In Windows 7:

The Eclipse application was not automatically added to your Start menu, the next few steps will show you how to Pin (WIN 7) Eclipse to your taskbar (or you can choose to pin to the Start menu). There are similar ways to create shortcuts in MAC/Linux installations.

  1. Right-Click on the button in the lower left corner of your desktop.
  2. Select the Open Windows Explorer option.
  3. If you look enough, you should be able to find the Eclipse.exe file in the Eclipse folder that was created when you extracted the Eclipse files from your download.
    Eclipse.exe highlighted' width='400' >
  4. Right-click the Eclipse.exe file and drag (without releasing) to the Start menu or task bar. Release when you have pinned this program shortcut where you like. This will create a shortcut for launching Eclipse.
Now, we're ready to start (launch) the Eclipse application!
LaunchConfigCreateEditRun

This step will show you how to start the Eclipse program on the Windows 7 operating system.

LAB USERS: You can find a link to the Eclipse program in the start menu. Click this link to launch Eclipse and then follow instructions for setting the Workspace location. Note that there may be more than one versions of eclipse installed. This tutorial has screen shots of the Luna version (4.4)

AT HOME OR LAB USERS:

  1. Click your newly created shortcut to launch Eclipse. When you launch Eclipse, you will be shown the following splash screen while it loads, which can take a few minutes:
  2. After launching Eclipse for the first time, it will first ask you for a workspace location with an image like the following:

    A workspace is a folder on your local drive (home users) or the network (lab users) where the files created by Eclipse will be stored. When you create a new programming project, several files are created and Eclipse will organize them within a new folder that is within the workspace folder you select.

    Enter the location (on your home computer or on the network) where you wish to store all files created by Eclipse projects.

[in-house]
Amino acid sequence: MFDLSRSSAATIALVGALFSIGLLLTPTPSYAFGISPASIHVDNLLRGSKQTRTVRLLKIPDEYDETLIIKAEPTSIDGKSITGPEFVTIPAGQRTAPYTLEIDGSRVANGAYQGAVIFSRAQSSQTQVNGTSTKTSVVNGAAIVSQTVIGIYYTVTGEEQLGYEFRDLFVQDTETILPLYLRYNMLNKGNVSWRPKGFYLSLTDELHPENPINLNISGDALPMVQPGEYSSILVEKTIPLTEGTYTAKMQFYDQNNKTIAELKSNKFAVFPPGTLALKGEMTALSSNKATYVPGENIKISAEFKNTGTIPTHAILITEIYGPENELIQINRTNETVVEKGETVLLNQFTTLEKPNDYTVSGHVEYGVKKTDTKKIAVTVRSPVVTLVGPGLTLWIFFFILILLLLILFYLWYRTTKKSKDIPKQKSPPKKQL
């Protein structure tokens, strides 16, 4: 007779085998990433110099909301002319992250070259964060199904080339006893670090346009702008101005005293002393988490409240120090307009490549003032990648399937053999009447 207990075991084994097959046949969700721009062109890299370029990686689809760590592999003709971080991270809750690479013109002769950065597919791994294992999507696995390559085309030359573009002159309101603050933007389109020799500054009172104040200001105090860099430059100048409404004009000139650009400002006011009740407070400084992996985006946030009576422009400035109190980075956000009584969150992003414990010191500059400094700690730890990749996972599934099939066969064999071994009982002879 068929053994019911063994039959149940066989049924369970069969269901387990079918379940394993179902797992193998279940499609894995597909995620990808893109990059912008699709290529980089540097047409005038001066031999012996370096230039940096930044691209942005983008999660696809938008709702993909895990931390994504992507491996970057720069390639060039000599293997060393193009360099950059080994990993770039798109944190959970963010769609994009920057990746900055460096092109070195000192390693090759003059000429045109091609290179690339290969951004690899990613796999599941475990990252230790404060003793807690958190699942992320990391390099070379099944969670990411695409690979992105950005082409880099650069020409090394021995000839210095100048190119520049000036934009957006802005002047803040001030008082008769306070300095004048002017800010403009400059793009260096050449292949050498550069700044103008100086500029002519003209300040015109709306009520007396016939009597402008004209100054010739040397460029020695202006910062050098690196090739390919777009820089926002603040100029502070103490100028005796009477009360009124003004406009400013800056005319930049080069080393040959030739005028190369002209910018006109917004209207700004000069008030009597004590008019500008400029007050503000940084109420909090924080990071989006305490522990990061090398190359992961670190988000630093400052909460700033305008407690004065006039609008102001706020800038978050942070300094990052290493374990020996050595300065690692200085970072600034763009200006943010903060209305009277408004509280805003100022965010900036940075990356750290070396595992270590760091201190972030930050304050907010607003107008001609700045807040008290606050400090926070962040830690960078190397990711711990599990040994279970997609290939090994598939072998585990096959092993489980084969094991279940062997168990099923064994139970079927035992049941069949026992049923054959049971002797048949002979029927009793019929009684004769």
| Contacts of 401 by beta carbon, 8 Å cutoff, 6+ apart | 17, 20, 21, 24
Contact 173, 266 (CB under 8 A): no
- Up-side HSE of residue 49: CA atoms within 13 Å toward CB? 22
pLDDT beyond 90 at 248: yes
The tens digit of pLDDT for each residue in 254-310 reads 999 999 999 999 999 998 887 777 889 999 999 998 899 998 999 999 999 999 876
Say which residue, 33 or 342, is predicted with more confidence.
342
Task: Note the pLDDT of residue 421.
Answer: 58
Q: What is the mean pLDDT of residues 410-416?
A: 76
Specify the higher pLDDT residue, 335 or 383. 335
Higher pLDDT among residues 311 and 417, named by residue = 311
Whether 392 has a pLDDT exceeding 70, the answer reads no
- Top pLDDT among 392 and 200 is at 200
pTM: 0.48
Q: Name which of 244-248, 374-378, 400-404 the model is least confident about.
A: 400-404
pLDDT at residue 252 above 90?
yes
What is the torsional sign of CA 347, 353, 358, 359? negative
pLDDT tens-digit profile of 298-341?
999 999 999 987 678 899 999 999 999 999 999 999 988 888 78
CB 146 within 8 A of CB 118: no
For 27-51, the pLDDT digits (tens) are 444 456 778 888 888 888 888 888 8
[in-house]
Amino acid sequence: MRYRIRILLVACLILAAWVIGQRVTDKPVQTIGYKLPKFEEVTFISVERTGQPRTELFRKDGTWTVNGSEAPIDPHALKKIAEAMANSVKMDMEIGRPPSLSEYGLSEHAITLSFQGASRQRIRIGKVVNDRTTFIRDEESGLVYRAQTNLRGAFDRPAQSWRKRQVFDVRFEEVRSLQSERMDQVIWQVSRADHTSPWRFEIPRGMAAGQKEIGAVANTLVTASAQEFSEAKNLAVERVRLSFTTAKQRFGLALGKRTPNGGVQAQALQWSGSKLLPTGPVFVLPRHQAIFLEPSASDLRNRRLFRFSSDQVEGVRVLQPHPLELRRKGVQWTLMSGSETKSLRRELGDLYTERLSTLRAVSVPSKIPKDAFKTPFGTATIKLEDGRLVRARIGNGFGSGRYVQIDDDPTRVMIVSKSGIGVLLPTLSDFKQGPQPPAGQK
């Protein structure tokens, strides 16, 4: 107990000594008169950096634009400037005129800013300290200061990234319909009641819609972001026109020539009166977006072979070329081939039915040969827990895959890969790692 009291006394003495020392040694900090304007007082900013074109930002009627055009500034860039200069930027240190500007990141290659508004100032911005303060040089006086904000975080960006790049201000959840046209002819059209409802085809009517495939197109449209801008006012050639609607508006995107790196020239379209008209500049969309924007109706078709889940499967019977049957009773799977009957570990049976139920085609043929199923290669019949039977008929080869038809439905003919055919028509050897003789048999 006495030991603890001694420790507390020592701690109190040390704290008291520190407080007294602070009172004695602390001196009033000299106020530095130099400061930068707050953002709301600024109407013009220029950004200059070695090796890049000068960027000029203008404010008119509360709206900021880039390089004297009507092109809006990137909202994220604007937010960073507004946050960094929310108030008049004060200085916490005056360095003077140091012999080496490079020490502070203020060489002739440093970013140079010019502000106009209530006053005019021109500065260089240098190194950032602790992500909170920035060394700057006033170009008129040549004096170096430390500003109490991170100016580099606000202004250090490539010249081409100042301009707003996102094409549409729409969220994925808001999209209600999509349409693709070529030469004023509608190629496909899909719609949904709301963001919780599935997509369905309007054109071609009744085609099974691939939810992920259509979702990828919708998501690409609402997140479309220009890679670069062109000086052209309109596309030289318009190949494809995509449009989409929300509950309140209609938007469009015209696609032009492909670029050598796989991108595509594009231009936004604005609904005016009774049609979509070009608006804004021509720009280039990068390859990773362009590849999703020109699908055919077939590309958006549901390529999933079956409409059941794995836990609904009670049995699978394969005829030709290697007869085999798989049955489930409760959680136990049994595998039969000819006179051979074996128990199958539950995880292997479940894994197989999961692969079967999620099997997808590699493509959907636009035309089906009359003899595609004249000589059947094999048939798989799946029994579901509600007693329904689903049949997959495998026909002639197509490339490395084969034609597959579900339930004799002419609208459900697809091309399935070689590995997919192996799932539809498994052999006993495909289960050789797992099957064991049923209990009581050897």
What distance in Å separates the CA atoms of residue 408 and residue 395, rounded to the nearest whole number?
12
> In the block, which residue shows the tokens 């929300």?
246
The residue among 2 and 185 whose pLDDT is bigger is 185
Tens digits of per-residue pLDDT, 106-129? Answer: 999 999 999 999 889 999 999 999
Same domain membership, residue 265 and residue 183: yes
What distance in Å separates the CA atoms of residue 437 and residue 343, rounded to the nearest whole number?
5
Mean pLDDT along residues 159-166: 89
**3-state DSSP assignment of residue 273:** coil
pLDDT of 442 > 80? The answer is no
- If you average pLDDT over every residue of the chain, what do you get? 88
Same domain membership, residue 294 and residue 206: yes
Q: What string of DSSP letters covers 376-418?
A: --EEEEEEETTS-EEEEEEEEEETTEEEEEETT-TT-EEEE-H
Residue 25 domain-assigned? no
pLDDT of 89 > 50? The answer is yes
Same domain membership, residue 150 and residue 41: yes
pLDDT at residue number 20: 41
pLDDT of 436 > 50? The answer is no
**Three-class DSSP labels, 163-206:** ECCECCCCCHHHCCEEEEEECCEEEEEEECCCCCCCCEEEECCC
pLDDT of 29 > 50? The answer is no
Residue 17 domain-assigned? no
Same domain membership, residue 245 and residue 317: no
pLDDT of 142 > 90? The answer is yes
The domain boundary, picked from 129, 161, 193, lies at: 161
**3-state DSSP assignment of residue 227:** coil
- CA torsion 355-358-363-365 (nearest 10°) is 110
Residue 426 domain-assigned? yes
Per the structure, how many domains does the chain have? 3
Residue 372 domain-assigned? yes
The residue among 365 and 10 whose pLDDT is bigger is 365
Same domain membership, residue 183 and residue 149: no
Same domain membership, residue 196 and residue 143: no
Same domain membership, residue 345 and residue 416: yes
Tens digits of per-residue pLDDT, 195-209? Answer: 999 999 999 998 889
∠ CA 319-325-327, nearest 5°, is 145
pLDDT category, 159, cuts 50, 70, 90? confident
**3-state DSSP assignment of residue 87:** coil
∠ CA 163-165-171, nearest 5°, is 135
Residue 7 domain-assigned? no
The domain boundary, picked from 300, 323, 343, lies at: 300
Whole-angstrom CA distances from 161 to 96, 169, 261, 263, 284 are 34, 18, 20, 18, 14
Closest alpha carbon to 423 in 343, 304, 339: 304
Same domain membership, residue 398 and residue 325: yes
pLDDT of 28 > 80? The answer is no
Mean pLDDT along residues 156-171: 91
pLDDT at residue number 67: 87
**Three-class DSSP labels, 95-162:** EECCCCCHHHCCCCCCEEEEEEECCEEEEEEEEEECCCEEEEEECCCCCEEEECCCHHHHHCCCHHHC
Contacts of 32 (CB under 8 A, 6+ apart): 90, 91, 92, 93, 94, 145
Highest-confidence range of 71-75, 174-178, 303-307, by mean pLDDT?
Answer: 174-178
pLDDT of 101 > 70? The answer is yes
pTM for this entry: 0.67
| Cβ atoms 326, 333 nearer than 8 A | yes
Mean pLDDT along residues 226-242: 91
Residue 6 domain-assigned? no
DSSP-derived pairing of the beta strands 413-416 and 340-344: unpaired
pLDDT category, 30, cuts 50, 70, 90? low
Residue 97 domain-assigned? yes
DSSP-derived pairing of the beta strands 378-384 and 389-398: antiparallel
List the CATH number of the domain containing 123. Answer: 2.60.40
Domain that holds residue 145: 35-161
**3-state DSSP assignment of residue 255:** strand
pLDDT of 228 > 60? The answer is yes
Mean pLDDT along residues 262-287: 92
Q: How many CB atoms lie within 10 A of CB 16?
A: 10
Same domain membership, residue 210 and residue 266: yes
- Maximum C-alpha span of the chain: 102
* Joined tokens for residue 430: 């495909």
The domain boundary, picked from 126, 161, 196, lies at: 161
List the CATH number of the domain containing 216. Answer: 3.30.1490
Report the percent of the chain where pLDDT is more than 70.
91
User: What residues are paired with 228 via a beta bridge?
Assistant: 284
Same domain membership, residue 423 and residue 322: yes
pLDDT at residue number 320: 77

CS WINDOWS LAB USERS: Enter in the following location L:privatecs302programs and make it so that this is the default choice, as in the following image:

    CS LINUX LAB USERS: Use the following location /u/c/s/cslogin/private/cs302/programs.
    NOTE: /u/c/s/cslogin is different for each user. If your login name is badger, your user folder is found at /u/b/a/badger.


  3. You will then be presented with a welcome workspace like the following (version 4.4):
    You can optionally explore the various icons as you wish. The next time you run Eclipse, you will not be shown this welcome screen, but all of the information it contains can be found elsewhere. Or, you can open it again via Help → Welcome.

    When you are done, close the Welcome pane by clicking the X on the tab labeled Welcome(towards the top left of the Eclipse window), then continue to the next step of the tutorial and use the Eclipse IDE to develop your Java programming project.

    An empty Eclipse workspace looks like this.

Configure: Set Suggested Eclipse Window Preferences

1. Open the preferences dialog window

  1. Click Window in the Eclipse menu bar
  2. Click Preferences

2. In the preferences dialog, set these preferences

  1. Expand (click) General
  2. Expand (click) Editors
  3. Click Text Editors

3. In the Text Editors option panel

Eclipse Development Ide

  1. Check the box to select [turn on] each of these options:
    • Insert spaces for tabs
    • Show print margins
    • Show line numbers
  2. Set Print Margin column to 80.
  3. See Colors and Fonts if you wish to change the display of your editor window.
  4. Click [Ok] to save your selections.

Once set, your Text Editors preferences window should look like this:

LaunchConfigCreateEditRun

Original version created by Deb Deppeler and Sue Hazlett
Updated for Eclipse by Martin Hock
Updated for lab section use by Beck Hasti
2008-2012 Updated by Jim Skrentny
2012 Updated for v4.2 by Deb Deppeler
2013 Updated by Nick Pappas
2014 Updated for v4.4 and added Editor Preferences by Deb Deppeler